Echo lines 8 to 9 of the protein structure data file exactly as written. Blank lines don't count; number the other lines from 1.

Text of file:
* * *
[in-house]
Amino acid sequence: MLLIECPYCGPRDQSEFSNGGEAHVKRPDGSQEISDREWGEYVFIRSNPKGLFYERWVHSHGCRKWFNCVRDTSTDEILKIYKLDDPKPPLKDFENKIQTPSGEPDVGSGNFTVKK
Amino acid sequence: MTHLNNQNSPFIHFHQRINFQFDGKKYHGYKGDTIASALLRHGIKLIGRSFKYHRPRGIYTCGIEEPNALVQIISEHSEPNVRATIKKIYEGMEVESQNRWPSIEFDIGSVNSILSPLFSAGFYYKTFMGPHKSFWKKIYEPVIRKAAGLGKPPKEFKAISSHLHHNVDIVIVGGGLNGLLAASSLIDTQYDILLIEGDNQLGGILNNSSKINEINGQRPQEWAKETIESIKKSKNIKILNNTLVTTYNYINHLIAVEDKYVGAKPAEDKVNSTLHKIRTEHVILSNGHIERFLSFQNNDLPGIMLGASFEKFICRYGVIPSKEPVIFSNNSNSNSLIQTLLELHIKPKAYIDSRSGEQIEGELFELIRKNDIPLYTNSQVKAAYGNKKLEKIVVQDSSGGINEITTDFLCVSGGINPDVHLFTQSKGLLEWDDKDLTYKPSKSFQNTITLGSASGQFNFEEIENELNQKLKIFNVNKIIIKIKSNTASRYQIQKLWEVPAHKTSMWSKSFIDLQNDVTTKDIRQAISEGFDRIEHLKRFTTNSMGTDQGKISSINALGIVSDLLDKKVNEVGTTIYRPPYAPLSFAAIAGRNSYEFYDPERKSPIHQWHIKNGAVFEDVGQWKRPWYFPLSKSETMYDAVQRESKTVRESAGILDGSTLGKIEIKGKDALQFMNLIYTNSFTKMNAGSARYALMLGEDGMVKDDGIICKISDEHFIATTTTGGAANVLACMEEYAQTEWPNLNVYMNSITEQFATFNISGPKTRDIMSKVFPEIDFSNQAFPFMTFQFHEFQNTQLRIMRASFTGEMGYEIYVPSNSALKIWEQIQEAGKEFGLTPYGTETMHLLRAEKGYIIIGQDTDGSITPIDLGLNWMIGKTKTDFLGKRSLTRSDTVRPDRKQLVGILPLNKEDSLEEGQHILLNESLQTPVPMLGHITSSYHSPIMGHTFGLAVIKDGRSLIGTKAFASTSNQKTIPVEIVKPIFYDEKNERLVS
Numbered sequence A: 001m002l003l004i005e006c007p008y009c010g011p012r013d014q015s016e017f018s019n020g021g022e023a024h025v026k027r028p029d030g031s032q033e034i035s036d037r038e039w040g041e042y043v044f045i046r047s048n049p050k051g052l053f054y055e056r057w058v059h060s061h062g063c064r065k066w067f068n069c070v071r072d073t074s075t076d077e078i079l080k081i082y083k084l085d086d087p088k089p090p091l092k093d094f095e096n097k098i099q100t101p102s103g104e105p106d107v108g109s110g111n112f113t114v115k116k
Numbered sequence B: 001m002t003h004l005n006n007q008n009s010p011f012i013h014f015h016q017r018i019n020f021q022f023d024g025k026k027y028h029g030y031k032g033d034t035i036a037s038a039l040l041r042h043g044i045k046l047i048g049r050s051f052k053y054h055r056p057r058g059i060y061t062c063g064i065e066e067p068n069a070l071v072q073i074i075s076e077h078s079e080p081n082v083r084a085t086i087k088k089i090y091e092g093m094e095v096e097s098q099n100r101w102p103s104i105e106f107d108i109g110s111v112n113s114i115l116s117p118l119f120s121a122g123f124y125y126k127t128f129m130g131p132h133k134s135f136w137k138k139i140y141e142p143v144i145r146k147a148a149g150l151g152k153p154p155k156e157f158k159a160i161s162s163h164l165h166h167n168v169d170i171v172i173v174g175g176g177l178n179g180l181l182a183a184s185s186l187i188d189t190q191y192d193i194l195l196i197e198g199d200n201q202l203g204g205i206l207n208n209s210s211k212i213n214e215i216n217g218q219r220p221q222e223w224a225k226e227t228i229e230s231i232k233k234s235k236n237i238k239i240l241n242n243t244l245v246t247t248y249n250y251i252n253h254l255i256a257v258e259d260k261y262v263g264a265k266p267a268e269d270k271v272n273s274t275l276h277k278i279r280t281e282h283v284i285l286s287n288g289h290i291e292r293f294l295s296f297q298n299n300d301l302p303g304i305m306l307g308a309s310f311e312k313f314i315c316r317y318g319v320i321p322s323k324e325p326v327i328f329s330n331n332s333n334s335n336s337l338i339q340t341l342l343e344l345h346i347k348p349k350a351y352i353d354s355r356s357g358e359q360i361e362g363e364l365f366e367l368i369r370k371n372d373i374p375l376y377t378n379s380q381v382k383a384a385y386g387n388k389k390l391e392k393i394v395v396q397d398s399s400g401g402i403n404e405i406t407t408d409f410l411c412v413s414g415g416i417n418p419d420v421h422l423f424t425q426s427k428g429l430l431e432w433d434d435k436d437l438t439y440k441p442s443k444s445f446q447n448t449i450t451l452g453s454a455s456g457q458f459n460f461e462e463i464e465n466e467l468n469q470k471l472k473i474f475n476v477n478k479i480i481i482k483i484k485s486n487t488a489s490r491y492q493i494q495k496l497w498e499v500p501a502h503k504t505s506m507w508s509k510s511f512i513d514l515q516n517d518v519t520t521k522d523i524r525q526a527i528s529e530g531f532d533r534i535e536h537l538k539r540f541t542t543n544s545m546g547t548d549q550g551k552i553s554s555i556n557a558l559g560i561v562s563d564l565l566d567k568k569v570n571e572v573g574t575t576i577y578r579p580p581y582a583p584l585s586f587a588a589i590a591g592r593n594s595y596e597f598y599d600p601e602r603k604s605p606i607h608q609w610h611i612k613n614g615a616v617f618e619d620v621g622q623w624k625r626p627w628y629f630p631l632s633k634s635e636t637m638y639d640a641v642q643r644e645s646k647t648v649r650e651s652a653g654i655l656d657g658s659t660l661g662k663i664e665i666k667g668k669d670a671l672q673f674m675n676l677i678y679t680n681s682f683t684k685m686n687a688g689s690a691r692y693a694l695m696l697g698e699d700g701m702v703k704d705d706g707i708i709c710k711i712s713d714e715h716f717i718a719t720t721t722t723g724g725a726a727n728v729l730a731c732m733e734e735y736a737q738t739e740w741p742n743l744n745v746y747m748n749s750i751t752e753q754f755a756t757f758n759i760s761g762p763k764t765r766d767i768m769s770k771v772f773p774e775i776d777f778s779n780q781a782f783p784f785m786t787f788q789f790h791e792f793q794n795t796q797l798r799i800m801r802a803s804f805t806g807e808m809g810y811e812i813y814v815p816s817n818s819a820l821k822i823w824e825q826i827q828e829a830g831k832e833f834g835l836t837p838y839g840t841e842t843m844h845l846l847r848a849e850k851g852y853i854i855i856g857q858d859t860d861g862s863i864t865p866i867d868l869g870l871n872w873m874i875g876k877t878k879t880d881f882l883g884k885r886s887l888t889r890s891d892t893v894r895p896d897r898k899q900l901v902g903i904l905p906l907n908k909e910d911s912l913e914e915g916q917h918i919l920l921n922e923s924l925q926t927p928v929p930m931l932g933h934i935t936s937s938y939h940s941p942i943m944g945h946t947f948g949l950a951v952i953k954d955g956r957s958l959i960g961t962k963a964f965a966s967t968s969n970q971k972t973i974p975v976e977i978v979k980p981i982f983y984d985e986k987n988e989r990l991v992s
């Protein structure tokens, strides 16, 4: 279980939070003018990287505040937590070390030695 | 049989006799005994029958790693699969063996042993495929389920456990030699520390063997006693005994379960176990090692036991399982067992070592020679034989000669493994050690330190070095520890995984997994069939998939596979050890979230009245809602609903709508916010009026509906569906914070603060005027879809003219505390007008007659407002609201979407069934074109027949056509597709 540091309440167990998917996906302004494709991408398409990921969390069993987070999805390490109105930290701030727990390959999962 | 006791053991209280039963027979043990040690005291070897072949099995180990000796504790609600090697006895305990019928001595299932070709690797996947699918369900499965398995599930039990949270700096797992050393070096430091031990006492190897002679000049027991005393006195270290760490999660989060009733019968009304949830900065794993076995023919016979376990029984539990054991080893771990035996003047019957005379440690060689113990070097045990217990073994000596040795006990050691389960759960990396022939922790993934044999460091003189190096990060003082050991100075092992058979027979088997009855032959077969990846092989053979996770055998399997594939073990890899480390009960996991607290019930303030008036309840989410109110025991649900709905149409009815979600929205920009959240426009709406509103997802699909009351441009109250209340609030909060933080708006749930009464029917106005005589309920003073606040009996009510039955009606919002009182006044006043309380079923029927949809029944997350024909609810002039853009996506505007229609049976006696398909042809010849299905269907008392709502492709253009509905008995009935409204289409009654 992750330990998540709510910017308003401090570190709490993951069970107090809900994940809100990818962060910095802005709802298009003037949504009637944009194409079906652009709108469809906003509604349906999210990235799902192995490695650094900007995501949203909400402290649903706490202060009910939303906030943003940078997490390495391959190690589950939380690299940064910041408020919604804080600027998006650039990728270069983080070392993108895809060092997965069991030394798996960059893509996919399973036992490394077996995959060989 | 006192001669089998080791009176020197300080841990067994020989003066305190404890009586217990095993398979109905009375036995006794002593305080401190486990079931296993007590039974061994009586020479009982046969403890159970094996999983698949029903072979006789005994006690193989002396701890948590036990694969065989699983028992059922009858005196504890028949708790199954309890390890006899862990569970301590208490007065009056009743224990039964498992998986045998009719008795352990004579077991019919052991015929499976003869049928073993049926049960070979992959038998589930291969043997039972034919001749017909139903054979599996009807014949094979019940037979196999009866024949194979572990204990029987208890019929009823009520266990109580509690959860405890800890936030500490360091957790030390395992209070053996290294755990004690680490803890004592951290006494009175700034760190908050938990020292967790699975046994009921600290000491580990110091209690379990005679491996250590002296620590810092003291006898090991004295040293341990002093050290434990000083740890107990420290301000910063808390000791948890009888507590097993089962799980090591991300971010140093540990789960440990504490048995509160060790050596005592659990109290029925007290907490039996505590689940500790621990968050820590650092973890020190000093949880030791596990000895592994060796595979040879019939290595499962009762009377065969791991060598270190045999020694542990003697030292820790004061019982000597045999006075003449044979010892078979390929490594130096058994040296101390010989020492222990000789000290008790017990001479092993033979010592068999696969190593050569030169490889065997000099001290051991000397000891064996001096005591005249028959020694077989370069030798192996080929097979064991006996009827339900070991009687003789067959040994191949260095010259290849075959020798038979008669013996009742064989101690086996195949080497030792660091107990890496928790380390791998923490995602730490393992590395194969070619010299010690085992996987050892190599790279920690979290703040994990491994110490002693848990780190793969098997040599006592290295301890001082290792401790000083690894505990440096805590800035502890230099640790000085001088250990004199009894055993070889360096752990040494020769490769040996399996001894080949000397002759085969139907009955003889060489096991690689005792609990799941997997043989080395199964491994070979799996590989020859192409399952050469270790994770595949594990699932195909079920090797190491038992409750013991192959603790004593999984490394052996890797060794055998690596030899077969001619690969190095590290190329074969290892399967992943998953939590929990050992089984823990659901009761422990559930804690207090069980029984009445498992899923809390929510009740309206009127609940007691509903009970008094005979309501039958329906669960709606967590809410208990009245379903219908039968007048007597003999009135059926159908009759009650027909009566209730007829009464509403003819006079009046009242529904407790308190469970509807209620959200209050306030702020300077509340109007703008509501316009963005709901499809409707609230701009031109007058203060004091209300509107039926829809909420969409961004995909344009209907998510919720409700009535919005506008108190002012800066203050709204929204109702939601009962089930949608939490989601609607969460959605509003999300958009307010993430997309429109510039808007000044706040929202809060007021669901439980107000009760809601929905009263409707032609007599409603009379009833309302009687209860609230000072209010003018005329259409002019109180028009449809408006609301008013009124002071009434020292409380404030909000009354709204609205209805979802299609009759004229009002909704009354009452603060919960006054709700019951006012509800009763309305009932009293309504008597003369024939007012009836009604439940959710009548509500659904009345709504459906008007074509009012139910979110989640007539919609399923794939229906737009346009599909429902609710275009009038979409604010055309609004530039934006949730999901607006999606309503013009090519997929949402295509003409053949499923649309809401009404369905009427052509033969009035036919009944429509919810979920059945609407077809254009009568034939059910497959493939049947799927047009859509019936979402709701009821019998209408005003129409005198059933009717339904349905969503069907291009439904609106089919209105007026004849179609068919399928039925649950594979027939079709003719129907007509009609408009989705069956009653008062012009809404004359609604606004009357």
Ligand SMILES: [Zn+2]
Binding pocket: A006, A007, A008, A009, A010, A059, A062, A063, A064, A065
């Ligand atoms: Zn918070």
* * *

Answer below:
Binding pocket: A006, A007, A008, A009, A010, A059, A062, A063, A064, A065
């Ligand atoms: Zn918070």